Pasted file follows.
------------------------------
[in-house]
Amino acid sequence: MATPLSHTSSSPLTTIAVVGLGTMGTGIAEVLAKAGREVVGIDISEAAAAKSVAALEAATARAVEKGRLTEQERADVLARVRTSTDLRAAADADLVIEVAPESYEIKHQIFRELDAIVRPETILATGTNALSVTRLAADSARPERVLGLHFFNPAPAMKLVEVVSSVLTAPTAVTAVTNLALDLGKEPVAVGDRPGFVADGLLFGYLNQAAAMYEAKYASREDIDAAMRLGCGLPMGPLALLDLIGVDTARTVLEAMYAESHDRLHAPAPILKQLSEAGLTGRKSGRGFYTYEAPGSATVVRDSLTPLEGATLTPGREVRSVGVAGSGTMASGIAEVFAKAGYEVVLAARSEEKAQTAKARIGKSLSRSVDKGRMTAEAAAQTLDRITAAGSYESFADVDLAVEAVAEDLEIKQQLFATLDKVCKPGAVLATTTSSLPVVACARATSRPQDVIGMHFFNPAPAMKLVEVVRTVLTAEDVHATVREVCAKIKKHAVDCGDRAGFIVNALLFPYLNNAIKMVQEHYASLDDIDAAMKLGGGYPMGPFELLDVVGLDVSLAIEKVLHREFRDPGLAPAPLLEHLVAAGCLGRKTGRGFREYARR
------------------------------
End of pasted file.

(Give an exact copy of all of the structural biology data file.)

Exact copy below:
[in-house]
Amino acid sequence: MATPLSHTSSSPLTTIAVVGLGTMGTGIAEVLAKAGREVVGIDISEAAAAKSVAALEAATARAVEKGRLTEQERADVLARVRTSTDLRAAADADLVIEVAPESYEIKHQIFRELDAIVRPETILATGTNALSVTRLAADSARPERVLGLHFFNPAPAMKLVEVVSSVLTAPTAVTAVTNLALDLGKEPVAVGDRPGFVADGLLFGYLNQAAAMYEAKYASREDIDAAMRLGCGLPMGPLALLDLIGVDTARTVLEAMYAESHDRLHAPAPILKQLSEAGLTGRKSGRGFYTYEAPGSATVVRDSLTPLEGATLTPGREVRSVGVAGSGTMASGIAEVFAKAGYEVVLAARSEEKAQTAKARIGKSLSRSVDKGRMTAEAAAQTLDRITAAGSYESFADVDLAVEAVAEDLEIKQQLFATLDKVCKPGAVLATTTSSLPVVACARATSRPQDVIGMHFFNPAPAMKLVEVVRTVLTAEDVHATVREVCAKIKKHAVDCGDRAGFIVNALLFPYLNNAIKMVQEHYASLDDIDAAMKLGGGYPMGPFELLDVVGLDVSLAIEKVLHREFRDPGLAPAPLLEHLVAAGCLGRKTGRGFREYARR